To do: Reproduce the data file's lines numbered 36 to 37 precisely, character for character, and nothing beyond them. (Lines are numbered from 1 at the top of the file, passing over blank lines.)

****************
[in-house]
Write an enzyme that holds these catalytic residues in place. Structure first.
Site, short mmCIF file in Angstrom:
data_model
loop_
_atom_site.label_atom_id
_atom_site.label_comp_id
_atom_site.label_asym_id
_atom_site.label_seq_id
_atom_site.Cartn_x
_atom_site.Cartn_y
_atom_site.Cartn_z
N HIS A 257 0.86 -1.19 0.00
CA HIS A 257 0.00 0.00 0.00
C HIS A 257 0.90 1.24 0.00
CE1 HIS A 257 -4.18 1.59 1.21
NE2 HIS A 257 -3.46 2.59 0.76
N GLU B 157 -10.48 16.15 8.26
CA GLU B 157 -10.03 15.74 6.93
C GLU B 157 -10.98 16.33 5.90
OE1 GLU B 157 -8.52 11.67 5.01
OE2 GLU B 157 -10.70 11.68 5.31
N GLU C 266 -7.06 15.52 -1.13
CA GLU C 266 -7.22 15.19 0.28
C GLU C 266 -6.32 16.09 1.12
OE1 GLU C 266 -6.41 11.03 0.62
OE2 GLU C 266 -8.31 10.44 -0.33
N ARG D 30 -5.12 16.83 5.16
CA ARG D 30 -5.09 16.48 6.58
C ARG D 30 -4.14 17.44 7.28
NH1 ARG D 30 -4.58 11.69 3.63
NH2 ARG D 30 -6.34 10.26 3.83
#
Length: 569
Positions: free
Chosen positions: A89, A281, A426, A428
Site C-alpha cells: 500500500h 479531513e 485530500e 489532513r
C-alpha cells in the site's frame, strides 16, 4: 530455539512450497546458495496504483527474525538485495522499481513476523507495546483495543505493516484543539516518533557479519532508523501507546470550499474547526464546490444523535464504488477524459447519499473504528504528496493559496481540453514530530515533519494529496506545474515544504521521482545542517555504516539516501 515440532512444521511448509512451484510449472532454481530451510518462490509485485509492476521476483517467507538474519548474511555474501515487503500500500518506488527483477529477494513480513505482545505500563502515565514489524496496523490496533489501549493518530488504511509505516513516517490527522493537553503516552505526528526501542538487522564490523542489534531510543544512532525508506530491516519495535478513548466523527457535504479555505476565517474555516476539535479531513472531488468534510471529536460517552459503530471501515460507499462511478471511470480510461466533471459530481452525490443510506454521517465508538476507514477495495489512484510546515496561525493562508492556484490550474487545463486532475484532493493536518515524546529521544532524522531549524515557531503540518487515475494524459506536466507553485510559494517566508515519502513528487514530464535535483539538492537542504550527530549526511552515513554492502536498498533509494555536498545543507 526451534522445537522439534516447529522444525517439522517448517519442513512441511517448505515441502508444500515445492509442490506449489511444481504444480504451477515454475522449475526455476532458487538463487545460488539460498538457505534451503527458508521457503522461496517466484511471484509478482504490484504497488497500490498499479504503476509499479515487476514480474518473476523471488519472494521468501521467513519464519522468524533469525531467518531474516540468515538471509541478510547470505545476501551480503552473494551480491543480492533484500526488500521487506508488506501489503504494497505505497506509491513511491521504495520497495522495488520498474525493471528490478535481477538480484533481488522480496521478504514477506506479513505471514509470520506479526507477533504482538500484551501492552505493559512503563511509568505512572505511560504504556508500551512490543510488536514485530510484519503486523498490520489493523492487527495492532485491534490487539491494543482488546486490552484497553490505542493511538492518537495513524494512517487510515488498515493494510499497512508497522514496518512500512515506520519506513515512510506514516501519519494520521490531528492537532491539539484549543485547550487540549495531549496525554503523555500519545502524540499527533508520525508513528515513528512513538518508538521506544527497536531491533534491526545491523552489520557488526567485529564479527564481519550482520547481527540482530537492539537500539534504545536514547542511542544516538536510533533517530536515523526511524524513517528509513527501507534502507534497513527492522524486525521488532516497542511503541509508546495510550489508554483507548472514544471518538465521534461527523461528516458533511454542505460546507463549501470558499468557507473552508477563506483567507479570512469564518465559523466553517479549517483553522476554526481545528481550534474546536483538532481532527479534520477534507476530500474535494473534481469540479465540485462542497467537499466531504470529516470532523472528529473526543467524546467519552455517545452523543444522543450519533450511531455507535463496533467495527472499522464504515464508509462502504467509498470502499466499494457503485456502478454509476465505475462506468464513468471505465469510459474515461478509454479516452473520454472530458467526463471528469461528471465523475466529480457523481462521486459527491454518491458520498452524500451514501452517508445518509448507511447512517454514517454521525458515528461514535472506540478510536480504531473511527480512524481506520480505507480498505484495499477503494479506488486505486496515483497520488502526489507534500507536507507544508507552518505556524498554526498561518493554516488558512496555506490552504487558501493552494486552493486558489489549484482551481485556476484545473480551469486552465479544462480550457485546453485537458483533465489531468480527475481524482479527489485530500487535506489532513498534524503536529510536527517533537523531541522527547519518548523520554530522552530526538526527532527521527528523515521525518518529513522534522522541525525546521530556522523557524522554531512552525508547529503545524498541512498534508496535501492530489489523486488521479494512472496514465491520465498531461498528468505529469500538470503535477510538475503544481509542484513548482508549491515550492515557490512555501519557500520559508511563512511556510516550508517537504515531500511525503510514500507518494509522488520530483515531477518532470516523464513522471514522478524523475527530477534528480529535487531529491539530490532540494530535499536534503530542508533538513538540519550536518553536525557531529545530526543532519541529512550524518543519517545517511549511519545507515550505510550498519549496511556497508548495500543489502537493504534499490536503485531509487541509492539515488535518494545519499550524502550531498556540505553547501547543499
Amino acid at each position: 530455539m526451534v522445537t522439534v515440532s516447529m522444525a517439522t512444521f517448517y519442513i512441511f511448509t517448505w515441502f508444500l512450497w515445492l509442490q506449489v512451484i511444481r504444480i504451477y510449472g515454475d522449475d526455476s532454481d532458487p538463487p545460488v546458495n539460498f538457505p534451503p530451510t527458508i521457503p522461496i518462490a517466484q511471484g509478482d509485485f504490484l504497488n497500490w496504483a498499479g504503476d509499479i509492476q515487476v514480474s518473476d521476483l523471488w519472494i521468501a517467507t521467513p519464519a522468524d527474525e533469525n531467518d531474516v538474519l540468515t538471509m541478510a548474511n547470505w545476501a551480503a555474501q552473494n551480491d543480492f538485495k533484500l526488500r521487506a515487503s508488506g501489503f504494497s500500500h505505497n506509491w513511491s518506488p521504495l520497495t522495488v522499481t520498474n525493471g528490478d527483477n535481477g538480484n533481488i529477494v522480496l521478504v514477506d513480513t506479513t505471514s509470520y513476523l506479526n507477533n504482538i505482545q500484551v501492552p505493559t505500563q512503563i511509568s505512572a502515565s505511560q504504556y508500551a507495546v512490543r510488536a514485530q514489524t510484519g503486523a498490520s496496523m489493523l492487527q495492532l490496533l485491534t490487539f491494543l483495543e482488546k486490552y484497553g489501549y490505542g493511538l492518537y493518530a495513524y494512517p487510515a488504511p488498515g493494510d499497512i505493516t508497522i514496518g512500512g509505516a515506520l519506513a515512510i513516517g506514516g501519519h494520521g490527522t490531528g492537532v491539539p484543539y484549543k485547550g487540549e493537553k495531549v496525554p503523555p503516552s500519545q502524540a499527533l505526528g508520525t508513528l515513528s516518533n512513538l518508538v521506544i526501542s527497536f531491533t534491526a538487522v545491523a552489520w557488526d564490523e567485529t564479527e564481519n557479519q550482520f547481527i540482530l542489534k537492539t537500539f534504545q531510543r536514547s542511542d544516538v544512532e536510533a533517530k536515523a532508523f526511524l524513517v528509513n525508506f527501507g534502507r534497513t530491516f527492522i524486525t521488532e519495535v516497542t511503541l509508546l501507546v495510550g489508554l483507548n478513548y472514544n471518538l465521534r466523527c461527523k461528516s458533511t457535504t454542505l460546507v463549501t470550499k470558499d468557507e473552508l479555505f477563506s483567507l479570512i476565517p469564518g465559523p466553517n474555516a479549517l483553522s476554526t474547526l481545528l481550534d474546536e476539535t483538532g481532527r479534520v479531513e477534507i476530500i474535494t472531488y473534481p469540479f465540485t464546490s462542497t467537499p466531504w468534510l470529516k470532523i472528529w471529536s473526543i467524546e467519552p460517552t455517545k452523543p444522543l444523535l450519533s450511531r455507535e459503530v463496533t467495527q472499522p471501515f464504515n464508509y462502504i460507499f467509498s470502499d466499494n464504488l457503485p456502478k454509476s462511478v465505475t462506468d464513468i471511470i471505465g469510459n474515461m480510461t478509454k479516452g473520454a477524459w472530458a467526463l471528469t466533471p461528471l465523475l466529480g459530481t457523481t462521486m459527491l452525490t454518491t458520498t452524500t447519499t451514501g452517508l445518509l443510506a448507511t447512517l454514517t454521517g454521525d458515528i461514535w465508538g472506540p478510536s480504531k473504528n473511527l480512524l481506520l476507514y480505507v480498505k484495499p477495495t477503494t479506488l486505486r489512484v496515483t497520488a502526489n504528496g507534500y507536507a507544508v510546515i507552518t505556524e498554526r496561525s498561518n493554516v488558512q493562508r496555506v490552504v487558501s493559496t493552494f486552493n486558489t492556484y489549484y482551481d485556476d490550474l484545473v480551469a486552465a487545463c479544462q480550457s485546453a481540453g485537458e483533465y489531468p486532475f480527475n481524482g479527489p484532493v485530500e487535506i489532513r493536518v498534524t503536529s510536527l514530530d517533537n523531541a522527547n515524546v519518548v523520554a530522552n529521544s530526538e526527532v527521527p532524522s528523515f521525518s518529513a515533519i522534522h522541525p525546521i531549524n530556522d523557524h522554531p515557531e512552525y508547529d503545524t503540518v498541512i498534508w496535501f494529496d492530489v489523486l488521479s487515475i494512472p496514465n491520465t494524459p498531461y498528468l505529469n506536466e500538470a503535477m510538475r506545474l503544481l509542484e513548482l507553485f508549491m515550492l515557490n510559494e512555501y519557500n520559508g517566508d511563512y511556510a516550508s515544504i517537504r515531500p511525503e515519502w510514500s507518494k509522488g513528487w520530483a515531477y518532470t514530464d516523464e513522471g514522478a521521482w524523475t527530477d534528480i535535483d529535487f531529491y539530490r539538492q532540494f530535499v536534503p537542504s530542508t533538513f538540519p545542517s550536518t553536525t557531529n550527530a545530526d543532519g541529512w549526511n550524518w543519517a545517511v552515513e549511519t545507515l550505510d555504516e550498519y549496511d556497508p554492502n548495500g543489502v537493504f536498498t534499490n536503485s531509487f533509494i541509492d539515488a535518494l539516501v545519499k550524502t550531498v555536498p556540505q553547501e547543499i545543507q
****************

Chosen positions: A89, A281, A426, A428
Site C-alpha cells: 500500500h 479531513e 485530500e 489532513r